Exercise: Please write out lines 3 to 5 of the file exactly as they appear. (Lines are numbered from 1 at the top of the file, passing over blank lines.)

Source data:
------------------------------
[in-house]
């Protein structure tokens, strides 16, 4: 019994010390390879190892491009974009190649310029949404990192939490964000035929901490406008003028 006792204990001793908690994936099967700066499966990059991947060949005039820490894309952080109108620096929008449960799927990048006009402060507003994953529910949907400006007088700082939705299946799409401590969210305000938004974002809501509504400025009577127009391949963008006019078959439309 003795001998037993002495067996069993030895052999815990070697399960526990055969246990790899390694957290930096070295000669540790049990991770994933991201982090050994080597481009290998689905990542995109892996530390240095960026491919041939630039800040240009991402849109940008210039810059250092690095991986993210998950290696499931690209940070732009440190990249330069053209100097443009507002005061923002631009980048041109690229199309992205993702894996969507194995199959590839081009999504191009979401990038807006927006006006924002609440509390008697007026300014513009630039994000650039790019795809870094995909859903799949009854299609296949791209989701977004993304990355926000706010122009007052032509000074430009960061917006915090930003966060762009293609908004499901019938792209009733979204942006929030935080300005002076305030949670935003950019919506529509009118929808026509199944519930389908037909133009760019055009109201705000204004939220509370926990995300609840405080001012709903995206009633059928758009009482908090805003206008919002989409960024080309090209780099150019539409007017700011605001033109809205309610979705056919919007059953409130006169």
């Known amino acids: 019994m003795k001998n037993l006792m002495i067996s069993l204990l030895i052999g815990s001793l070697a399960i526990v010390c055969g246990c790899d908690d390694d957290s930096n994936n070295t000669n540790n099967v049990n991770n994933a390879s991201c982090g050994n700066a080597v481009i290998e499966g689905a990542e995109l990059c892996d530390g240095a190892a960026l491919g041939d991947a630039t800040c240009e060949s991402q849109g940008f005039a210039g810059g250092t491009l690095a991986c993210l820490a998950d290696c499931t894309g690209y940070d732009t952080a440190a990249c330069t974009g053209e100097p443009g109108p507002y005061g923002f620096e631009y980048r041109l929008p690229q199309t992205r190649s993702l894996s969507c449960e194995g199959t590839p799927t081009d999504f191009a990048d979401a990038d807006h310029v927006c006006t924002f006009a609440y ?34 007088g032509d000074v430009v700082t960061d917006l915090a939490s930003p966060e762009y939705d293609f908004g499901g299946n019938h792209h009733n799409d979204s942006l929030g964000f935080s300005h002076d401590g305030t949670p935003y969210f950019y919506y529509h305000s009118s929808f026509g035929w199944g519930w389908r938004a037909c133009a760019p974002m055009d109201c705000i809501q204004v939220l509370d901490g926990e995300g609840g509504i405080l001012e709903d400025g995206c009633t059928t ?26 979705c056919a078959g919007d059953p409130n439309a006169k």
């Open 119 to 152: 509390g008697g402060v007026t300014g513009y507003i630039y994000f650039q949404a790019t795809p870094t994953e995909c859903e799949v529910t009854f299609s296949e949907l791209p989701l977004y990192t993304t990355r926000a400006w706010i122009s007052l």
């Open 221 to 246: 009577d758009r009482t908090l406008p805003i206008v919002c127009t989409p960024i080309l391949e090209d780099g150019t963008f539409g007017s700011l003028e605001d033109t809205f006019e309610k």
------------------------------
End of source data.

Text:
């Known amino acids: 019994m003795k001998n037993l006792m002495i067996s069993l204990l030895i052999g815990s001793l070697a399960i526990v010390c055969g246990c790899d908690d390694d957290s930096n994936n070295t000669n540790n099967v049990n991770n994933a390879s991201c982090g050994n700066a080597v481009i290998e499966g689905a990542e995109l990059c892996d530390g240095a190892a960026l491919g041939d991947a630039t800040c240009e060949s991402q849109g940008f005039a210039g810059g250092t491009l690095a991986c993210l820490a998950d290696c499931t894309g690209y940070d732009t952080a440190a990249c330069t974009g053209e100097p443009g109108p507002y005061g923002f620096e631009y980048r041109l929008p690229q199309t992205r190649s993702l894996s969507c449960e194995g199959t590839p799927t081009d999504f191009a990048d979401a990038d807006h310029v927006c006006t924002f006009a609440y ?34 007088g032509d000074v430009v700082t960061d917006l915090a939490s930003p966060e762009y939705d293609f908004g499901g299946n019938h792209h009733n799409d979204s942006l929030g964000f935080s300005h002076d401590g305030t949670p935003y969210f950019y919506y529509h305000s009118s929808f026509g035929w199944g519930w389908r938004a037909c133009a760019p974002m055009d109201c705000i809501q204004v939220l509370d901490g926990e995300g609840g509504i405080l001012e709903d400025g995206c009633t059928t ?26 979705c056919a078959g919007d059953p409130n439309a006169k």
């Open 119 to 152: 509390g008697g402060v007026t300014g513009y507003i630039y994000f650039q949404a790019t795809p870094t994953e995909c859903e799949v529910t009854f299609s296949e949907l791209p989701l977004y990192t993304t990355r926000a400006w706010i122009s007052l």
């Open 221 to 246: 009577d758009r009482t908090l406008p805003i206008v919002c127009t989409p960024i080309l391949e090209d780099g150019t963008f539409g007017s700011l003028e605001d033109t809205f006019e309610k």